Talks about a bailout for Slovenia have been circling in the markets, and have been denied at the recent Eurogroup meeting. Given past declarations, denials meant that a bailout is imminent.
However, looking at Slovenia, the situation there isn’t that bad. What could lead the country to the hands of the troika would be a deterioration of the mood in Europe, but not Slovenia’s internal issues.
Slovenia was the richest Yugoslav region and suffered the least from its succession from the Yugoslavia. When it joined the European Union in 2004, it was praised as being well prepared. It was also praised when joining the euro in 2007.
Its metrics still seem sound. The Debt to GDP ratio is at 47.6%, well under the 80% euro-zone average. The unemployment rate of 8%, well below the euro-zone rate of 11.1%.
The bigger issues in Slovenia are with the banks: Nova Ljubljanska Banka (NLB) lacked sufficient funds according to the recent requirement of 9% Tier 1 capital. The relatively low debt-to-GDP ratio allowed the government to come to Slovenia’s aid. This is what pushed Slovenian yields to higher ground.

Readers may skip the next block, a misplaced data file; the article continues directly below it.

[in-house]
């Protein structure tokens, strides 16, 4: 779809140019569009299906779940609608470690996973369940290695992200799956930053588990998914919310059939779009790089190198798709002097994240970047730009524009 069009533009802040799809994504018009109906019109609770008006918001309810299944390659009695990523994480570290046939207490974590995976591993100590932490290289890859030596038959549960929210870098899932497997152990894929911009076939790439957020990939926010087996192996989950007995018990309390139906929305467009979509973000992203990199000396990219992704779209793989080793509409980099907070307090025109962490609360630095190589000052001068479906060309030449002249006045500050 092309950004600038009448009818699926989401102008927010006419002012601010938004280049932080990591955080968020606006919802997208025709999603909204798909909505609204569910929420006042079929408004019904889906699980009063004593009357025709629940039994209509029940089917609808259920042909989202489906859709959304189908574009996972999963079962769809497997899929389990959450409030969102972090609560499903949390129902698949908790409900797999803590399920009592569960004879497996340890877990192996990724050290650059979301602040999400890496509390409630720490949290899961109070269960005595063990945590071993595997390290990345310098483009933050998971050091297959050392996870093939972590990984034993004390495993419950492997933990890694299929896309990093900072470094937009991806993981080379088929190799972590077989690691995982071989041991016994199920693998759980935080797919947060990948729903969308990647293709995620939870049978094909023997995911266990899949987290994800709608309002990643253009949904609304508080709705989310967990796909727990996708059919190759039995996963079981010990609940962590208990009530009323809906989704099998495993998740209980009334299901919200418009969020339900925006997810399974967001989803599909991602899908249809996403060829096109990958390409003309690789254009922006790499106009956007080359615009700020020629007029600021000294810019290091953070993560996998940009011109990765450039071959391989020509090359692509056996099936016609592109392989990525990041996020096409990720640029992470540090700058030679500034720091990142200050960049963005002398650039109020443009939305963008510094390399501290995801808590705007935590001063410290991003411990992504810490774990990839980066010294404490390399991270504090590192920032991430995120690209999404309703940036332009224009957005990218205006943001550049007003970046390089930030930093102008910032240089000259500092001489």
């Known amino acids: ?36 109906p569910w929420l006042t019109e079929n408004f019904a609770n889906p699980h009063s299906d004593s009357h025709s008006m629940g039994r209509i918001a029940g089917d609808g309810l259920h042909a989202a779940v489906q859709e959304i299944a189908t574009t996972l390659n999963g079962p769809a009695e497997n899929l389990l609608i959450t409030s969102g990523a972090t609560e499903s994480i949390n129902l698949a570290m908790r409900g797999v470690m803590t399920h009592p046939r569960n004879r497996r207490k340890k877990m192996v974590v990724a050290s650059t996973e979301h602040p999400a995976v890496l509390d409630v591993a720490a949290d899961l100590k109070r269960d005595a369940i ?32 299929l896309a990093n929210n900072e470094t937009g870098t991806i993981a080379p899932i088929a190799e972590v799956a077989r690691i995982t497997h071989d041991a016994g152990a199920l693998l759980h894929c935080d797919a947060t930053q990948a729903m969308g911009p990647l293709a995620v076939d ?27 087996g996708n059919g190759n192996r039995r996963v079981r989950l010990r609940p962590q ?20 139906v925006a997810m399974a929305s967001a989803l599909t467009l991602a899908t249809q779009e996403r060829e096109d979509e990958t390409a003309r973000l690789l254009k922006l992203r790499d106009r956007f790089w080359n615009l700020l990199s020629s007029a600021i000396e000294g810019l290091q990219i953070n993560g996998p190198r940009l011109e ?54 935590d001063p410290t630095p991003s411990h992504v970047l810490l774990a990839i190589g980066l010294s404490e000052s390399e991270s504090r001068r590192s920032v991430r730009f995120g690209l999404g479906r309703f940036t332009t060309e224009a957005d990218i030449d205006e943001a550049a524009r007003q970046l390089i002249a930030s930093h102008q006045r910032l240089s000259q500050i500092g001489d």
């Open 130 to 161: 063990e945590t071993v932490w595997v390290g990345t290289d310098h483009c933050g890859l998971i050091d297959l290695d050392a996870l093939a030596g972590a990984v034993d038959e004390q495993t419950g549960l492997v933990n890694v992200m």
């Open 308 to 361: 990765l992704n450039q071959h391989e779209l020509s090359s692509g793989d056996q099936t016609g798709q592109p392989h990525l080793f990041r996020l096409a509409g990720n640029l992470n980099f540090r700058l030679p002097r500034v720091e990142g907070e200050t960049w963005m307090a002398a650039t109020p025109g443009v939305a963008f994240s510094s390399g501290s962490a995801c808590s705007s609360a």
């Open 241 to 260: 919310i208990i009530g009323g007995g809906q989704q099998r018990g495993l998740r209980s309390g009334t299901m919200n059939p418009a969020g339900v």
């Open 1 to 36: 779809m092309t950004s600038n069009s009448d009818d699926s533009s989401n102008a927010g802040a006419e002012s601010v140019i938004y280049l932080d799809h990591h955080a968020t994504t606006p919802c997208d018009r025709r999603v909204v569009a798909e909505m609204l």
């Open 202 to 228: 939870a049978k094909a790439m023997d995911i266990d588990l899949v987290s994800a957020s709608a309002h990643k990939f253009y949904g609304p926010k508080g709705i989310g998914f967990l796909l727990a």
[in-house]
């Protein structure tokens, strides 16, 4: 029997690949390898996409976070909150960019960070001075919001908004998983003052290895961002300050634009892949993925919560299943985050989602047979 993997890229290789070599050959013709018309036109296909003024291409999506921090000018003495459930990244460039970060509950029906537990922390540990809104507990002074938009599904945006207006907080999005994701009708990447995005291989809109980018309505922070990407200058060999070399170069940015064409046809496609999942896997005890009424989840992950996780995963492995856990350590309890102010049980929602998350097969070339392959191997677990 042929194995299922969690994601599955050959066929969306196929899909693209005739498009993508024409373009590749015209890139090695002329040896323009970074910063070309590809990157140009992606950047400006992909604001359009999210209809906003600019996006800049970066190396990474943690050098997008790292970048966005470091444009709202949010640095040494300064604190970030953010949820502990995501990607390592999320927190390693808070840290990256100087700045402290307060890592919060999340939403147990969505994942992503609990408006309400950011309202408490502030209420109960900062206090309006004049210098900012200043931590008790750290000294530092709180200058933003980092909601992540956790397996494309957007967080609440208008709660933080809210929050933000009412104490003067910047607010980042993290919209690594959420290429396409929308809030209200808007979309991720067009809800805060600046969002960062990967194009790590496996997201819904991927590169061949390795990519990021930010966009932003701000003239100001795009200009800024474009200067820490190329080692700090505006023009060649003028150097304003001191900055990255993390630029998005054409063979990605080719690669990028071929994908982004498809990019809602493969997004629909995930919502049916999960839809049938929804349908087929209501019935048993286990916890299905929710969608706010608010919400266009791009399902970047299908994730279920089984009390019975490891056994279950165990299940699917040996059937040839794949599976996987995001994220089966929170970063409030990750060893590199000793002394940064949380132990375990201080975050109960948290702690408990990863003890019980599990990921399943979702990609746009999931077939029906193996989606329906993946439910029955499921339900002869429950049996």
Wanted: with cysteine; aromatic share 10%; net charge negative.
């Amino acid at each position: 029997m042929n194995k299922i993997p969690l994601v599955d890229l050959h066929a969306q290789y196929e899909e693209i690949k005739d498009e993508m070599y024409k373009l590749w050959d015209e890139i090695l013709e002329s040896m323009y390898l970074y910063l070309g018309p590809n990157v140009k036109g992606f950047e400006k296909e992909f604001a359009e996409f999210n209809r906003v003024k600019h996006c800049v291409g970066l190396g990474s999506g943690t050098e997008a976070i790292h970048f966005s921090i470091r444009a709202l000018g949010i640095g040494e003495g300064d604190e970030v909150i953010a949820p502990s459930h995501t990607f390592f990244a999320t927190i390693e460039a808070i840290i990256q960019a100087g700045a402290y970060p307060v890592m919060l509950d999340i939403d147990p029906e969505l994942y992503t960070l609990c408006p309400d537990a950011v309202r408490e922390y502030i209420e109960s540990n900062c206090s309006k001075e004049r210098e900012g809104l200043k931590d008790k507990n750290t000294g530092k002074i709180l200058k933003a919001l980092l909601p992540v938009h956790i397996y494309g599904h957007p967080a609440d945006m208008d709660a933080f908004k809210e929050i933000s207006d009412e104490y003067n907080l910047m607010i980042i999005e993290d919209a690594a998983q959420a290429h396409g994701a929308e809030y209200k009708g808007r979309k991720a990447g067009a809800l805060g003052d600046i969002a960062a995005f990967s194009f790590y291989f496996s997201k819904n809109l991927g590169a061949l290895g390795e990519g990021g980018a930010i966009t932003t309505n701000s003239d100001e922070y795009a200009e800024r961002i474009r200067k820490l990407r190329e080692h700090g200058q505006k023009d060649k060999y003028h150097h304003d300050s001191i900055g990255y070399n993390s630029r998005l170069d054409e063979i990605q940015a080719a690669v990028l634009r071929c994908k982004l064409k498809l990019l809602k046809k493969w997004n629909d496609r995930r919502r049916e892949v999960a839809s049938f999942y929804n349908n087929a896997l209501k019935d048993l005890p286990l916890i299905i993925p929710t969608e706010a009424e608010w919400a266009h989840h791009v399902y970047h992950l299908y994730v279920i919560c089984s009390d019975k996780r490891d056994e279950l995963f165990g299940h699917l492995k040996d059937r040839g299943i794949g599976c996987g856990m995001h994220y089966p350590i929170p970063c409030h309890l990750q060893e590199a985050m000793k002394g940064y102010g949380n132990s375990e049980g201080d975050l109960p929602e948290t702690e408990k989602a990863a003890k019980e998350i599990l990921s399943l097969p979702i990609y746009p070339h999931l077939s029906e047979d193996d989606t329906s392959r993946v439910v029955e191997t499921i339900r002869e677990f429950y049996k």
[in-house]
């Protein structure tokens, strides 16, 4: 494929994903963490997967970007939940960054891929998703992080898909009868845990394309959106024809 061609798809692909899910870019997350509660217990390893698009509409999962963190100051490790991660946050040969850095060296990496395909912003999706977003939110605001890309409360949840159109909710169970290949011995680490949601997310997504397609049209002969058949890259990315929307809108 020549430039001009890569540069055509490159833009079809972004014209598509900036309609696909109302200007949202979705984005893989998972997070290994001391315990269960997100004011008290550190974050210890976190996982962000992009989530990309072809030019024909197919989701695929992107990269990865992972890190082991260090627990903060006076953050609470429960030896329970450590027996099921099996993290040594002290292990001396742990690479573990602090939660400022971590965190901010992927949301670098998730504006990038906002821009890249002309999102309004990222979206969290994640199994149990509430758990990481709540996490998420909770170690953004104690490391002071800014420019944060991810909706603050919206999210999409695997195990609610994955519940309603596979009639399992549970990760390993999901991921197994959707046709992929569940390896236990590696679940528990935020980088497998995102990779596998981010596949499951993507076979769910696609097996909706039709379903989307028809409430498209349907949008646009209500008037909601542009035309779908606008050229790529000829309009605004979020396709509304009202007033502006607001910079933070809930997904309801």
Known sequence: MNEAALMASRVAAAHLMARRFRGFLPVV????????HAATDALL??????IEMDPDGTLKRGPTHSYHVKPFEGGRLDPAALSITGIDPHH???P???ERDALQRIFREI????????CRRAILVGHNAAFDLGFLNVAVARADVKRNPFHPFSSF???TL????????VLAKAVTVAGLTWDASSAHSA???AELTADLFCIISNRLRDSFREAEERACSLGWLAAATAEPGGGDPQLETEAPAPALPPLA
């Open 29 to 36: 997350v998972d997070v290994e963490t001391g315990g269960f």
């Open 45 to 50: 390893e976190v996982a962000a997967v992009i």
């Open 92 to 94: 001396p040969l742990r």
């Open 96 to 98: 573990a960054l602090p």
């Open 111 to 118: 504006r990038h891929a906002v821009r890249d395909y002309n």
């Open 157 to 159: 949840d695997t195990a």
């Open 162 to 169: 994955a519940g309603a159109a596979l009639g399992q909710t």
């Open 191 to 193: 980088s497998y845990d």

This does weigh on the deficit, but the government already took measures to curb spending. Slovenia sees the deficit falling from 6% in 2012 to 3% in 2013.
All in all, Slovenia is doing OK and isn’t comparable to Greece.
What could force Slovenia to take a bailout? A further deterioration or a “discovery” about the bank debt could trigger asking for external help, but this doesn’t seem to be on the cards now.
- A comparison of Slovenia to Greece. Such a statement by PM Janez Jansa, when he wanted parliament to approve more austerity, raised concerns. More talk could worsen the situation.
- A Greek exit of the euro-zone: This could result in a blind credit rating downgrade of euro-zone countries by rating agencies, and Slovenia will not be spared.
- A heightened exodus of funds from all euro-area countries: As investors move money away from the EMU, a country like Slovenia could suffer, even if it is doing relatively well.
Slovenia has a population of 2 million citizens. While yet another bailout in Europe is bad news, the real economic is not comparable to any small modification in the aid needed by Spain.
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